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The Complementarity View: Exploring a Continuum in Political—Administrative Relations


Tansu Demir is an assistant professor in the Department of Public Administration at the University of Texas at San Antonio. He received his doctoral degree in public administration from Florida Atlantic University. He previously taught classes at the University of Illinois–Springfield and the University of Central Florida. His research interests include public administration theory, bureaucratic politics, and public policy process. His research has been published in Public Administration Review, Administration & Society, and the International Journal of Public Administration.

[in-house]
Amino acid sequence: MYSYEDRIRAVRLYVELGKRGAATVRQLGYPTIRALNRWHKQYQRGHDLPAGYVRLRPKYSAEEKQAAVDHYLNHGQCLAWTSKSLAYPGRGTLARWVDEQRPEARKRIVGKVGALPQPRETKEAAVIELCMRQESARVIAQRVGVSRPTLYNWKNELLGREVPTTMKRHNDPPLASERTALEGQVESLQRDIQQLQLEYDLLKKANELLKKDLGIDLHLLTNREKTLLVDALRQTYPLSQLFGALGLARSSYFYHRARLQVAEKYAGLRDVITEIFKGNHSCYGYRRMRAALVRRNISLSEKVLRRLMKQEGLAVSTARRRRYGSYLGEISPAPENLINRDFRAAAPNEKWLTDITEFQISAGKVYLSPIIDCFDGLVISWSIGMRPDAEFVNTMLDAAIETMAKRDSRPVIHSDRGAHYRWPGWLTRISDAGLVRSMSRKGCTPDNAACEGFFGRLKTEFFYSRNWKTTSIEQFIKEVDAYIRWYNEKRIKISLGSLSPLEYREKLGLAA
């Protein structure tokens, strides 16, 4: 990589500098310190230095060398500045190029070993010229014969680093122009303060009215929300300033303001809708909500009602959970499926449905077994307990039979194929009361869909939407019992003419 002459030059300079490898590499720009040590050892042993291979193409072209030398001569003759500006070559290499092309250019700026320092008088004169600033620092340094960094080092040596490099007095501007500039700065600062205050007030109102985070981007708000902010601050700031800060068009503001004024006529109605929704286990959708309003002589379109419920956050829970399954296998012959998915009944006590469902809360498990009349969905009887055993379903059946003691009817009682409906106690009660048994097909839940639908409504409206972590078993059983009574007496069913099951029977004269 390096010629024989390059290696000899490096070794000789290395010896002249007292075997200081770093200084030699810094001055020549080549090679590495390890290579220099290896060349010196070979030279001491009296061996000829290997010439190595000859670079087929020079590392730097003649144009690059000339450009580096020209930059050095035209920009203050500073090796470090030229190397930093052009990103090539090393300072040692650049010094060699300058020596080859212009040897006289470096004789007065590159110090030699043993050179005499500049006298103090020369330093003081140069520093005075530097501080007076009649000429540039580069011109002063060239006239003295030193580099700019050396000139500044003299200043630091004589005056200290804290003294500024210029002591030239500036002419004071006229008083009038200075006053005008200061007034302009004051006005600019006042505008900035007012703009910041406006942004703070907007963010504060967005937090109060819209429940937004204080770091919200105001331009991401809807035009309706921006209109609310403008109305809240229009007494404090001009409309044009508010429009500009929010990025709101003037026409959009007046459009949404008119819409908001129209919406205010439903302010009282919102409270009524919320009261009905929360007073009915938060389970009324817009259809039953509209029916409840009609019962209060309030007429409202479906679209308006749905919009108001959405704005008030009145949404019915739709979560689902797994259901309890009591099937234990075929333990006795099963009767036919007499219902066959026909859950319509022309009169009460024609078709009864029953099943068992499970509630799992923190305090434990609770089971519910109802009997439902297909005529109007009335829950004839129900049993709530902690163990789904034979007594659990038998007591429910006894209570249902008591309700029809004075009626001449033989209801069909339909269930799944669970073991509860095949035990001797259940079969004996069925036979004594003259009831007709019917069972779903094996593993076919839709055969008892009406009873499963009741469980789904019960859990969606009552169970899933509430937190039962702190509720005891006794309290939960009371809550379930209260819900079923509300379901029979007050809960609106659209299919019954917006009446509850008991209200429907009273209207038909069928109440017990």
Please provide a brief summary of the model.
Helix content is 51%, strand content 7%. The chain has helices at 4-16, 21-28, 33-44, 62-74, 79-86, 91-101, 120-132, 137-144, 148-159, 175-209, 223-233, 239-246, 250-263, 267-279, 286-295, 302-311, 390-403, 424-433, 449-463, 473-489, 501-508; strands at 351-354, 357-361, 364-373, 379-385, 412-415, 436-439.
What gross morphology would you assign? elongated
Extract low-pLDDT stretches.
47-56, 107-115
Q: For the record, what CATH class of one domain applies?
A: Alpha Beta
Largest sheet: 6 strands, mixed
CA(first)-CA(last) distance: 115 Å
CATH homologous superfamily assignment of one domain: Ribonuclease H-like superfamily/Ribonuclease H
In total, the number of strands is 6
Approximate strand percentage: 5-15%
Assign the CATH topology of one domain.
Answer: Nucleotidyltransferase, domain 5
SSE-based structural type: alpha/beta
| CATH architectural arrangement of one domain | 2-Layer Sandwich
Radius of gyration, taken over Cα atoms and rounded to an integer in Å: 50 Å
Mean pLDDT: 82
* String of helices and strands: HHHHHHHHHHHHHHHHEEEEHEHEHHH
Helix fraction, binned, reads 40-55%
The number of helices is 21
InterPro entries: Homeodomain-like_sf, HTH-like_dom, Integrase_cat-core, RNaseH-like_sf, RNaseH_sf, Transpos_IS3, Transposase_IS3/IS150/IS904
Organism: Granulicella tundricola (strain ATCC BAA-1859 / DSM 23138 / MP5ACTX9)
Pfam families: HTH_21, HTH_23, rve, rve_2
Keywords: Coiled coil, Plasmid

The politics–administration dichotomy has drawn criticism from contemporary public administration scholars largely because of its lack of descriptive accuracy and particular normative inclinations. In their search for an alternative model to the dichotomy, some scholars developed what is widely known today as complementarity. Although this emerging view received an enthusiastic welcome from many scholars and practitioners, more research has yet to be done to address its conceptual and empirical shortcomings. Using survey data collected from a nationwide sample of city managers, this study explores empirical foundations of the complementarity view of the politics–administration relationship. Specifically, the author first identifies a politics–management continuum based on a review of public administration literature on the complementarity view and then analyzes survey data to see whether the relationship between elected officials and public administrators is characterized by complementarity. The results of the analysis generally support the complementarity view, in that the responses of city managers mostly parallel the idea of a continuum in elected official–public administrator relationships, a continuum that moves from politics on one end to management on the other end, with various policy and administration activities in the middle. This paper aims to make a conceptual and empirical contribution to an important question in public administration.